On 26 March the South African Revenue Service (SARS) announced a change to its “External Policy on the Administration of Trade Agreements” through the postponement of the implementation of paragraph 2.3(c)(i)(A)(I) by extending the grace period until 31 May. This will allow clients some time to prepare for the requirements when applying for export certificates at the Customs Branch Office nearest to the exporter’s, manufacturer’s or producer’s area of business.
According to the “Summary of Main Points” of the Policy:
(a) Rules of origin are used to protect the local market by:
(i) Enforcing non-preferential rules of origin;
(ii) Facilitating trade between countries when entering into preferential trade agreements; and
(iii) Imposing export and import quotas.
(b) The trade agreements have origin rules that must be complied with before a client can claim a preferential rate of duty. The rules of origin for each trade agreement differ, however the basic principles remain the same and must be used by any person determining the county of origin.
(c) Importers and exporters must register for a specific trade arrangement for which certification is required with Customs as described in SC-CF-19 before any of the origin benefits can be applied.
(d) Leveraged Legal Products (Tax, Customs & Excise): Rules of Origin and Trade Agreements, Head Office (ROO) may in writing determine the country of origin on exported goods. The export must apply on SC-RO-02-A01 for an origin determination.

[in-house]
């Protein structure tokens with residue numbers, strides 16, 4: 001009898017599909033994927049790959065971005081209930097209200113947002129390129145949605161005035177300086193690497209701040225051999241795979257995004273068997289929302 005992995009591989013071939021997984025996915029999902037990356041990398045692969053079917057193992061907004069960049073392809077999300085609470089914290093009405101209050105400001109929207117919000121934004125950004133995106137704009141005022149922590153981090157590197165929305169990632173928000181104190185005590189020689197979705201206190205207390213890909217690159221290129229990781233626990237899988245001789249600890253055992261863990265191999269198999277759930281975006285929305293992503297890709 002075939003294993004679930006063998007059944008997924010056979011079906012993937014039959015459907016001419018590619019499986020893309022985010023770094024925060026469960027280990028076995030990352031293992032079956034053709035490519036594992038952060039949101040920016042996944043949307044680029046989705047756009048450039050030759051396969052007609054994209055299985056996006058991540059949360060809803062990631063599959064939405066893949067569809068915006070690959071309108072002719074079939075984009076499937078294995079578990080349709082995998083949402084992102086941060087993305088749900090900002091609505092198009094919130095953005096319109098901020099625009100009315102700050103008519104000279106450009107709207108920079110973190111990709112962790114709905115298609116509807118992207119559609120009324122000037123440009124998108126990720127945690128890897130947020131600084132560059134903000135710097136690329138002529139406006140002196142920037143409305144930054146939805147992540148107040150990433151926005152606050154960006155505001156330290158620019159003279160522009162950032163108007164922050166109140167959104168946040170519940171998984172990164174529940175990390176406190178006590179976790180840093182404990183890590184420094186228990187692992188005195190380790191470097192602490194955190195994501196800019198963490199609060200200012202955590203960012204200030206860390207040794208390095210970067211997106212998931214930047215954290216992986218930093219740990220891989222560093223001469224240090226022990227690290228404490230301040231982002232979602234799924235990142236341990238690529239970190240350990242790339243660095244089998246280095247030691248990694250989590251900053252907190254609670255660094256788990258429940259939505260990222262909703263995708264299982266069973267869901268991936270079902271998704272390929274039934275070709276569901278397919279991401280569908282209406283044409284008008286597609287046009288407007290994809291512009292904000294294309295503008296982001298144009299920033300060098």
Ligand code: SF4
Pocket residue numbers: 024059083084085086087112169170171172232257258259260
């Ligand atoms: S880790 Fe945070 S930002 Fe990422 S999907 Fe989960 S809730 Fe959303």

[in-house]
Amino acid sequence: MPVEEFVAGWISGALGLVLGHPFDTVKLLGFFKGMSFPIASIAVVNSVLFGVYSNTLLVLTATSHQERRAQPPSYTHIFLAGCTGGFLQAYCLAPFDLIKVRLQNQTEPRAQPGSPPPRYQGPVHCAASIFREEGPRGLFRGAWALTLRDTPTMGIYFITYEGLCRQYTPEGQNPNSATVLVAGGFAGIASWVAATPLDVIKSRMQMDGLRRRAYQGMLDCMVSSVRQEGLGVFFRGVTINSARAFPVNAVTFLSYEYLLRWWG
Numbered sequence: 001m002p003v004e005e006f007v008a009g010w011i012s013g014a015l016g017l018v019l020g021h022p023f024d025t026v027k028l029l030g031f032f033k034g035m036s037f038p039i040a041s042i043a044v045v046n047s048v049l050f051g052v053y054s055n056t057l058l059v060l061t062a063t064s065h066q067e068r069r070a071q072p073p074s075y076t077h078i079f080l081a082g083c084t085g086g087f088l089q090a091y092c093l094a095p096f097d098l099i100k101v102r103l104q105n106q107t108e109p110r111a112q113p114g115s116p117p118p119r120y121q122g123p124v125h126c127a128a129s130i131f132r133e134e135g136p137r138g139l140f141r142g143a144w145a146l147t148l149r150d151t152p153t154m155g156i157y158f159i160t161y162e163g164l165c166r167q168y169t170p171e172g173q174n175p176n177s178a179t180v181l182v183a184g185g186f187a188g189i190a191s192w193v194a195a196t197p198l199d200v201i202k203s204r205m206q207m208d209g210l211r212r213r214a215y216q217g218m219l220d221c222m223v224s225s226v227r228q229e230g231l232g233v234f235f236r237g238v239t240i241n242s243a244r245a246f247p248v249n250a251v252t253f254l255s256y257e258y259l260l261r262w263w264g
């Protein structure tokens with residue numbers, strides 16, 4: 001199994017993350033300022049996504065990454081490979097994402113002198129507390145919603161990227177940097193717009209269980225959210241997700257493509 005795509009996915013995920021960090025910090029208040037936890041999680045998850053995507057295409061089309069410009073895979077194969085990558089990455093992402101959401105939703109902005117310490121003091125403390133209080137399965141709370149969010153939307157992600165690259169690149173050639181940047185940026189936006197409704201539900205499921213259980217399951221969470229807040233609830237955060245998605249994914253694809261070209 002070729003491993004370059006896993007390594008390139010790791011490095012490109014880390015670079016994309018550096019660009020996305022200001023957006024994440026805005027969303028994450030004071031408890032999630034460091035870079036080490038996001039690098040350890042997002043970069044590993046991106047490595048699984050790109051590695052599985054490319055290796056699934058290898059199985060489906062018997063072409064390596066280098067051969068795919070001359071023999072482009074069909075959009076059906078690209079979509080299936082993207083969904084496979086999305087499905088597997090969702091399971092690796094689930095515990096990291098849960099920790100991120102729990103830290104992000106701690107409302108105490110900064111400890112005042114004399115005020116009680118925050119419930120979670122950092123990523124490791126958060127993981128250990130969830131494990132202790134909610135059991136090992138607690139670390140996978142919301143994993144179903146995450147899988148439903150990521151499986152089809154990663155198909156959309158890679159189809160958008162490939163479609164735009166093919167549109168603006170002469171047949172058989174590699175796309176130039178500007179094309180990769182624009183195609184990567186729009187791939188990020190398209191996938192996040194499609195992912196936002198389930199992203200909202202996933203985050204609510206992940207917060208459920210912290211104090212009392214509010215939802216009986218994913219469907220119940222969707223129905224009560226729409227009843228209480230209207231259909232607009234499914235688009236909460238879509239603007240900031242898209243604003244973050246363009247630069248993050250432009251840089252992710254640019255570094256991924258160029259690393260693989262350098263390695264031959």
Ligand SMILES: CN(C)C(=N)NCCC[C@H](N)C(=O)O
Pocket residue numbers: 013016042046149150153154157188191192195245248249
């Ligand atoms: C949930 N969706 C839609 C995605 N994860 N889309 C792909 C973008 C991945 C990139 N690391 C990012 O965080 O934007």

(e) The client must produce proof of origin in the form of a certificate of origin to Customs for processing and/or verification, if requested. In the case of AGOA the proof of origin is a visa.
(f) The exporter must apply on SC-RO-02-A02 for blank export certificates of origin. The Rules to the specific trade agreement provide detailed information on the completion of the certificate of origin.
(g) Some trade agreements enable the exporter to submit an origin declaration instead of a certificate of origin. The exporter must apply to be an Approved Exporter as described in SC-CF-19. An origin declaration must be given by the exporter on an invoice which describes the products concerned in
sufficient detail to enable them to be identified.
(h) On reasonable doubt Customs may allow goods to be released conditionally, pending the outcome of a verification.
The External Policy is available on request.
Story by: Riaan de Lange